Director: George A. Romero
Cast: Duane Jones, Judith O’Dea & Karl Hardman
While Barbra and Johnny are visiting their father’s grave, Barbra starts to get the willies. Johnny jokes that a man across the cemetery is coming to get Barbra, without realizing… he is, as are thousands of other people who seem to be acting as if in a trance. Barbra escapes, though Johnny isn’t so lucky. She finds safety in a house found a bit off the beaten path, as did a few other survivors. Despite their best efforts, there is no way of knowing how long their barricades will hold…
Who would have thought that such a low-budget film could be so terrifying? I somehow never got around to seeing this classic until today, and even 40 years after it was released, it’s still pretty damn creepy. Ebert actually criticized parents who allowed their kids to see this film, after he witnessed a young girl crying in her seat. The ending is also absolutely awful, leading social commentators to go nuts – though this take on the script was apparently unintended.
Despite being filmed in black and white far after color made its way into the mainstream, the special effects got me a bit squeamish. It probably would have been even worse if I knew that the ‘things’ (which are never called ‘zombies’ in the film) were actually eating ham with chocolate sauce.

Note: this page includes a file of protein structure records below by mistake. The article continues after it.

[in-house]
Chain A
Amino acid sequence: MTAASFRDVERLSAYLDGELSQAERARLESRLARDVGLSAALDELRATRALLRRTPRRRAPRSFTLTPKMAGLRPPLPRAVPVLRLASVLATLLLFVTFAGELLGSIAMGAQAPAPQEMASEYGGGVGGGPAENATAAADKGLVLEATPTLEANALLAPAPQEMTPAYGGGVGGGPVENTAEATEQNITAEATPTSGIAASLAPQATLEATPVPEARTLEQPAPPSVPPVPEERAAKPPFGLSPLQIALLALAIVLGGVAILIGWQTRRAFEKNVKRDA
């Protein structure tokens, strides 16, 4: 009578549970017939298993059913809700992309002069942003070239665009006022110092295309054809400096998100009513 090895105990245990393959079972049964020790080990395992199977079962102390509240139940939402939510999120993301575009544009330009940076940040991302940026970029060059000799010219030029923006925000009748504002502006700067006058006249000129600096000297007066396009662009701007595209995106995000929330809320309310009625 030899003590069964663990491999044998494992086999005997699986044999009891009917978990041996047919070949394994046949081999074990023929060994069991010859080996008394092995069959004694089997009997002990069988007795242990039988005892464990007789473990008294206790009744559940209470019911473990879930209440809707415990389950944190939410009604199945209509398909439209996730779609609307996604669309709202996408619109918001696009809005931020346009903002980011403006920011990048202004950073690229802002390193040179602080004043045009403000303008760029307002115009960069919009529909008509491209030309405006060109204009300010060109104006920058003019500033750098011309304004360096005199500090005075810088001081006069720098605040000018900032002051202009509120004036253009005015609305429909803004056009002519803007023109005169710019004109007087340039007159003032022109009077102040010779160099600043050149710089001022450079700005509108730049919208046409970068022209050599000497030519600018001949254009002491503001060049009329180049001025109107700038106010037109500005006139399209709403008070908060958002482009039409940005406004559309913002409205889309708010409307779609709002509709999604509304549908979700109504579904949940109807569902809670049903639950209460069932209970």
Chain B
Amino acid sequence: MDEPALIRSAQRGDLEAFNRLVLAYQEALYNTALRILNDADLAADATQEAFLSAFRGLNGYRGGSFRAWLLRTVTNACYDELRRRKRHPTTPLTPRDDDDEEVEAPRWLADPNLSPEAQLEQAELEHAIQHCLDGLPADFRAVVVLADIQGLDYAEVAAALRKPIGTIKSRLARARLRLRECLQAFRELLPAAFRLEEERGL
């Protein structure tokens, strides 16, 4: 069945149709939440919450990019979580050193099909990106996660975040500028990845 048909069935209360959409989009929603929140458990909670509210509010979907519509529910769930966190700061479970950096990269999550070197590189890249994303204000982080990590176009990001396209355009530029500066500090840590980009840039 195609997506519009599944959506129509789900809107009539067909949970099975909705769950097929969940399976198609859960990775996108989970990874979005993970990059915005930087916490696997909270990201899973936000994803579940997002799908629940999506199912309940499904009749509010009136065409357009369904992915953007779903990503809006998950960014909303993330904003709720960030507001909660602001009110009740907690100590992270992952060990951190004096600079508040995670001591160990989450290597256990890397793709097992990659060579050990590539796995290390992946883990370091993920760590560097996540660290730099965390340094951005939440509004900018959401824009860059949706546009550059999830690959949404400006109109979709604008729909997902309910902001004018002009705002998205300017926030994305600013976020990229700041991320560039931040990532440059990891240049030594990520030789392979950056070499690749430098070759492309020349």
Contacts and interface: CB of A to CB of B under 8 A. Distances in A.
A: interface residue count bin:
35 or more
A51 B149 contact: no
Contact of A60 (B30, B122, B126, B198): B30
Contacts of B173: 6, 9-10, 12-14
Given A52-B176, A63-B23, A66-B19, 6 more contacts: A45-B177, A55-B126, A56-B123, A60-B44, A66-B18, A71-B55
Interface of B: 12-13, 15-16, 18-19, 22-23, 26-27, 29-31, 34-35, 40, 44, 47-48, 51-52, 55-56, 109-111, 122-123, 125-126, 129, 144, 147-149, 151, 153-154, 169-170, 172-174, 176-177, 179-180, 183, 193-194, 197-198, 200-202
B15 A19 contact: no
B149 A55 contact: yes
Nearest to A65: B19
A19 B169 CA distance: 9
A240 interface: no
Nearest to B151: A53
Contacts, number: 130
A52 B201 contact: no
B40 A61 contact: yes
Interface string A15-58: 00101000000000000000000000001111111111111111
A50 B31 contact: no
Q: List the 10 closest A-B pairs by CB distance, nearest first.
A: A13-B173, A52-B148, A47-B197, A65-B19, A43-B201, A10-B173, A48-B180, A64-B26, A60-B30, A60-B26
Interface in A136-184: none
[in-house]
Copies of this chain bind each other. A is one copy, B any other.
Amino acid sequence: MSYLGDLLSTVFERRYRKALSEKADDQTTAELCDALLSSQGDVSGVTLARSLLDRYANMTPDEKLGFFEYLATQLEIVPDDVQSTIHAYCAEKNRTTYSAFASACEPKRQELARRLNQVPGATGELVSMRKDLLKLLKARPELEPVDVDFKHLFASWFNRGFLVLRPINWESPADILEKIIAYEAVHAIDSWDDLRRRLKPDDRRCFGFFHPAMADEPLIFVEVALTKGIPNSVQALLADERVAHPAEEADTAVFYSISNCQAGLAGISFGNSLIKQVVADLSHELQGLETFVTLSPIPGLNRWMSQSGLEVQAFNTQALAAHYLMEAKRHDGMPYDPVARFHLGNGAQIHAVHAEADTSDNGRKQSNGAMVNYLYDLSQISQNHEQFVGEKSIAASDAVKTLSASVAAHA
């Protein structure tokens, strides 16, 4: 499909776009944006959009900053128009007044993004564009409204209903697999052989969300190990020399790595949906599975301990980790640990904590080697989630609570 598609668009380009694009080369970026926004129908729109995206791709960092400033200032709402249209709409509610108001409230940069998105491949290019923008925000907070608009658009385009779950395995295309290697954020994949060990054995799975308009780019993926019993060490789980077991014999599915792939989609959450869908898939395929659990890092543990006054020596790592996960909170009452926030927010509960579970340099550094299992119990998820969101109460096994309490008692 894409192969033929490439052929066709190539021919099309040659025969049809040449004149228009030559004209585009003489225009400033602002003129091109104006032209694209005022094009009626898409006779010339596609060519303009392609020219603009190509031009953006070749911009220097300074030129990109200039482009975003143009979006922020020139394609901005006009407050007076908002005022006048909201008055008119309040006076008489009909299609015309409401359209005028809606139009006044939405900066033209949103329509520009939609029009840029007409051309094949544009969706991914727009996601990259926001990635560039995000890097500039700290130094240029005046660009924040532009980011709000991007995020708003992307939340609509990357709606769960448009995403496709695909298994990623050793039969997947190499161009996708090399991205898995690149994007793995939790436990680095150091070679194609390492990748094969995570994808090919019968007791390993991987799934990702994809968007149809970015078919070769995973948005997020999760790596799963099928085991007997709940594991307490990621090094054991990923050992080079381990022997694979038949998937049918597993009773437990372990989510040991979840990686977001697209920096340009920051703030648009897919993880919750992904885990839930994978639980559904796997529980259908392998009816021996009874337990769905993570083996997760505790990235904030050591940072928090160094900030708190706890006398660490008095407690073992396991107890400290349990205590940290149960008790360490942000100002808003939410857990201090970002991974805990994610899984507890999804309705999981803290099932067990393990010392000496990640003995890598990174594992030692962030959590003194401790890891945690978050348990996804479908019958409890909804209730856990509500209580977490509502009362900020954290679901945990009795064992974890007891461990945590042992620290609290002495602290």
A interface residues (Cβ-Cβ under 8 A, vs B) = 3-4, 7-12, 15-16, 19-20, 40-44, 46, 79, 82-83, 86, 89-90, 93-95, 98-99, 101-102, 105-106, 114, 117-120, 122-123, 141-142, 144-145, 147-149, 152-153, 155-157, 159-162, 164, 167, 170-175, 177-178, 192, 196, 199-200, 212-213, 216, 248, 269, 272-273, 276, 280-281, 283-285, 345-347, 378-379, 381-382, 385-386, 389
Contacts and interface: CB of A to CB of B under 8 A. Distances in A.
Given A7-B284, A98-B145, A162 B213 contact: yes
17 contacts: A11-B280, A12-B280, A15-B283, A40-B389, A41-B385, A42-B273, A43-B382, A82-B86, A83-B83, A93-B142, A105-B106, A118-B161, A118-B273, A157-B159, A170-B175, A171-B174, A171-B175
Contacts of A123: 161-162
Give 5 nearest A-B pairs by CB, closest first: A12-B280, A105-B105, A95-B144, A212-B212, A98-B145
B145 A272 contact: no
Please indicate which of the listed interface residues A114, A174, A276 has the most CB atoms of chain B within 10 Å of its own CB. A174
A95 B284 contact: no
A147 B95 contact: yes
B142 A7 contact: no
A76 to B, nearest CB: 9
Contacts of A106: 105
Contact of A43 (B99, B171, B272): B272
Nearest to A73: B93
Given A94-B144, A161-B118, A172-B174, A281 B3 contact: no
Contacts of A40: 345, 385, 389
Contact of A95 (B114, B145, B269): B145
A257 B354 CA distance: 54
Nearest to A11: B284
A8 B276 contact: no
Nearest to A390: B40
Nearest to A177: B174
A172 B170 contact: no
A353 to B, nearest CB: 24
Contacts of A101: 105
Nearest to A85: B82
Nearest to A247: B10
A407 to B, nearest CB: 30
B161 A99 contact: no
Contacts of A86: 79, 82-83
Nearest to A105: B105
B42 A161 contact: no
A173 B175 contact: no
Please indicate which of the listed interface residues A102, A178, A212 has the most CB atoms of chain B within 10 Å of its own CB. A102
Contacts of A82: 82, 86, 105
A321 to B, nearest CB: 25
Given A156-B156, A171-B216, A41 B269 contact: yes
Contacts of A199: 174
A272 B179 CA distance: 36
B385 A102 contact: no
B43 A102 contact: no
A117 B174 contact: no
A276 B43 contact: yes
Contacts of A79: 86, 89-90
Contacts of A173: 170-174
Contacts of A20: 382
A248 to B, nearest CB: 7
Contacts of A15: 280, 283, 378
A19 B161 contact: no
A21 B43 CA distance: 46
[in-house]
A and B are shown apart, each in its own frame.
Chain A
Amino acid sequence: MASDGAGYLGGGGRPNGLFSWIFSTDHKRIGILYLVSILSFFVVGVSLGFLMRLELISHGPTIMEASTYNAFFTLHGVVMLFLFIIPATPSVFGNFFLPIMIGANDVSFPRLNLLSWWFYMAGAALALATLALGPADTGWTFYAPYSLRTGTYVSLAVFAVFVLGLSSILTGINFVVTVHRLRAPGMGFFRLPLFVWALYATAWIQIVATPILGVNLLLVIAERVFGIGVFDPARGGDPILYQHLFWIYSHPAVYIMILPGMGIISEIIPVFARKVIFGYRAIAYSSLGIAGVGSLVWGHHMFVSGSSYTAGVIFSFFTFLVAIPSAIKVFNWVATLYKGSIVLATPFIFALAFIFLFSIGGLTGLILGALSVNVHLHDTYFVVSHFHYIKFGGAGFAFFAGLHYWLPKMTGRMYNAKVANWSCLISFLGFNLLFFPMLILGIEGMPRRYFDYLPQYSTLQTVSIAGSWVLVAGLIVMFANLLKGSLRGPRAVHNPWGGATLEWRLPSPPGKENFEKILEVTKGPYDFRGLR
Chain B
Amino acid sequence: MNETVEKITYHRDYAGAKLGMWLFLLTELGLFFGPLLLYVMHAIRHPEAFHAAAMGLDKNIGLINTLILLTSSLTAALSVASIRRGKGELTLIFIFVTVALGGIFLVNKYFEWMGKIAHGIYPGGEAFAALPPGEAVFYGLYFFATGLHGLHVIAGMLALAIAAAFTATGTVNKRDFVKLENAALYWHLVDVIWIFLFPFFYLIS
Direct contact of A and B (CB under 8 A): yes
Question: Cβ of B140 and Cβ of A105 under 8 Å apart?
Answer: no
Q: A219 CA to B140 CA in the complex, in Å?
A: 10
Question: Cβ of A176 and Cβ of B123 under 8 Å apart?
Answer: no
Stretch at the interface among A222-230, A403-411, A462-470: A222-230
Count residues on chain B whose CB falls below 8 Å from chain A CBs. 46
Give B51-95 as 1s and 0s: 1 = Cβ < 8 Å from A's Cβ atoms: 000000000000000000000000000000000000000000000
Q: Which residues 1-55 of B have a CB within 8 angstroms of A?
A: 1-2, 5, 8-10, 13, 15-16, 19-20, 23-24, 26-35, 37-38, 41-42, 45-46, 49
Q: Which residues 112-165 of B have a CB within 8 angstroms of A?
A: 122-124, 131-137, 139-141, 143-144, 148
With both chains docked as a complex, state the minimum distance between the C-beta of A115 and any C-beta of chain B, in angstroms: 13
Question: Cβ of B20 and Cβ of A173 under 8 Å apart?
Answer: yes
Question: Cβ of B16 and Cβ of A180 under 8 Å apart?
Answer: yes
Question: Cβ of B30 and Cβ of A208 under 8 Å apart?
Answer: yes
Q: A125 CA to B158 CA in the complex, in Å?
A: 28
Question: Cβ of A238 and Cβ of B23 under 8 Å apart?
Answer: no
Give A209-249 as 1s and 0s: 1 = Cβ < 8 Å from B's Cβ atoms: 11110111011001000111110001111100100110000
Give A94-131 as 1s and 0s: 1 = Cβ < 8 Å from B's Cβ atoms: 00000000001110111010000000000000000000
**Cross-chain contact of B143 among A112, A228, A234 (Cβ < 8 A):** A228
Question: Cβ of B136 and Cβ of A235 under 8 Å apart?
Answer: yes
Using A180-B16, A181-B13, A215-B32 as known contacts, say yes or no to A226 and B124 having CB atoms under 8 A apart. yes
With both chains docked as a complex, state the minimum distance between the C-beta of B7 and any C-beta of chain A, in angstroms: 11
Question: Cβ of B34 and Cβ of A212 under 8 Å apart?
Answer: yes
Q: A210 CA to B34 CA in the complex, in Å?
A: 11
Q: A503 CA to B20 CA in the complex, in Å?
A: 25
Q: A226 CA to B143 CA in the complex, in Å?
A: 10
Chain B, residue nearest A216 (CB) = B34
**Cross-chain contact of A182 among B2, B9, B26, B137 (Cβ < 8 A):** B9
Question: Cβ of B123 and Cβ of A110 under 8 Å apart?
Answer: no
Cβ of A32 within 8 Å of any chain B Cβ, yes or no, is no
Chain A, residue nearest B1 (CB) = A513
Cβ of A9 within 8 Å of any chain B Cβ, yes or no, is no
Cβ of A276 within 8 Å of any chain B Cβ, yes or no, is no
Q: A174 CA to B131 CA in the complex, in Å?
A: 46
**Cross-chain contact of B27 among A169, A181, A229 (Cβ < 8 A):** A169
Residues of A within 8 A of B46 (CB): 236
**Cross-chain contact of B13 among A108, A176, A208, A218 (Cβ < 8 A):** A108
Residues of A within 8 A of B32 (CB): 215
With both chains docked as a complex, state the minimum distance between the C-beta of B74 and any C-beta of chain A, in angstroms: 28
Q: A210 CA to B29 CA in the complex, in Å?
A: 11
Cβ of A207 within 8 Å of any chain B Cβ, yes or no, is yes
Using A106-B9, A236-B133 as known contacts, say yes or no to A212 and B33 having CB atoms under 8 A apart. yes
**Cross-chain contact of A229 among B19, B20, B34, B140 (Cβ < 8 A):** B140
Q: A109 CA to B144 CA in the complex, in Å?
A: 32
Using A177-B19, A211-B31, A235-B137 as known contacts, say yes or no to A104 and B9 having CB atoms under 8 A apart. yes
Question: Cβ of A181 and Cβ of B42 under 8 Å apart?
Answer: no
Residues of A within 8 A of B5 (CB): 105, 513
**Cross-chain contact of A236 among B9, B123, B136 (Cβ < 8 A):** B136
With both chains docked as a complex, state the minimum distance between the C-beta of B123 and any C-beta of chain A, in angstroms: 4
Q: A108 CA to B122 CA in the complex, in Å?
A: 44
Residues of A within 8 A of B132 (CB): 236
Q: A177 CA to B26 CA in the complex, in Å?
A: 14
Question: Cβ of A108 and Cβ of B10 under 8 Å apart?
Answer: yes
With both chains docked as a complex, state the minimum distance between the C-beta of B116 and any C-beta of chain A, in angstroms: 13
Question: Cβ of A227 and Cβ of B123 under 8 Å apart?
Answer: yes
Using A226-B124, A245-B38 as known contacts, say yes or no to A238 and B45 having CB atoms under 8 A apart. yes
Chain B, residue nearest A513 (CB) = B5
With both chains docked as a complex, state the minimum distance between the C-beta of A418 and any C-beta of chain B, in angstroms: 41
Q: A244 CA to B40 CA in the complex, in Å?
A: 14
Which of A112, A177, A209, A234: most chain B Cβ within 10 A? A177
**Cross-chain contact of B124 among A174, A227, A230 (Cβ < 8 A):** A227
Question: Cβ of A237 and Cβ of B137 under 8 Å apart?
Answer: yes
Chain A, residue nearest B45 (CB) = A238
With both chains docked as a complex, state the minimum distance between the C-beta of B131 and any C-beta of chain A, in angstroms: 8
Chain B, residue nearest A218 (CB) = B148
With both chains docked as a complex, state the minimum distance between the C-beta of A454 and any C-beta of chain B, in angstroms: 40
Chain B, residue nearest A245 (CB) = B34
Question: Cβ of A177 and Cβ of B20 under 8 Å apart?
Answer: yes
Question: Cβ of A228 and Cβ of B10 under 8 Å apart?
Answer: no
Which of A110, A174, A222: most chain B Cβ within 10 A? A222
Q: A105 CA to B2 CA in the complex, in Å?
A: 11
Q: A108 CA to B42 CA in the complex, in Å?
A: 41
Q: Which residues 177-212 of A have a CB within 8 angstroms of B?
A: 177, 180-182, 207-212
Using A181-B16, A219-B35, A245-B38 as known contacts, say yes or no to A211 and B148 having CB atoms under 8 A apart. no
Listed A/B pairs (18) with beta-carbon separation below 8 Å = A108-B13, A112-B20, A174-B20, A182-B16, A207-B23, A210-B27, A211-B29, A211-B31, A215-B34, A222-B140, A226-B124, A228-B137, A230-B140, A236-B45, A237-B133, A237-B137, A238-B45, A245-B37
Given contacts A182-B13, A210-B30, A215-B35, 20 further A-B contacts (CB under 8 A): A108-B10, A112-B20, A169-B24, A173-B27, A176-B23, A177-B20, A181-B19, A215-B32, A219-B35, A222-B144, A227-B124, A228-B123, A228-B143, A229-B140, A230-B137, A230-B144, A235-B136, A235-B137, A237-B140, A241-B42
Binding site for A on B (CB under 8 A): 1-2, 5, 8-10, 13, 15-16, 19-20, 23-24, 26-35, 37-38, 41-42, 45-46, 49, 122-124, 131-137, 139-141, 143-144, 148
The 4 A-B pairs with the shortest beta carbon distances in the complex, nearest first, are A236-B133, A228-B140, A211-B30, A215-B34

This film was ahead of its time. Compare it to Hitchcock, who was the master of horror at this point in time. It’s as if Romero said, screw this psychological crap, let’s just freak the crap out of people! What a classic. Two detached thumbs up!
Fun Trivia (Stolen from IMDB):
The zombie hand that Tom (Keith Wayne) hacks up with a kitchen knife was made of clay and filled with chocolate syrup.
When the zombies are eating the bodies in the burnt-out truck they were actually eating roast ham covered in chocolate sauce. The filmmakers joked that it was so nausea inducing that it was almost a waste of time putting the makeup on the zombies, as they ended up looking pale and sick anyway.
S. William Hinzman and Karl Hardman, two of the original $300 investors had small roles due to a shortage of available talent. Another investor was a butcher, who provided some blood and guts.
One of the Walter Reade Organization's publicity stunts was a $50,000 insurance policy against anyone dying from a heart attack while watching the film.
Some of the groans made by S. William Hinzman when he's wrestling with Russell Streiner in the cemetery are authentic. During the struggle, Streiner accidentally kneed Hinzman in the groin.
The Evans City Cemetery was the cemetery used in the original version of the film, but it could not be used for the 30th anniversary edition. Before filming the new footage, a tornado had torn through the Evans City Cemetery, and ironically, it unearthed several graves.
SPOILER: The social commentary on racism some have seen in this film was never intended (an African-American man holing up in a house with a white woman, a posse of whites shooting a black man in the head without first checking to see if he was a zombie). According to the filmmakers, Duane Jones was simply the best actor for the part of Ben.
Saturday, January 9, 2010
#397: Night of the Living Dead (1968)
Director: George A. Romero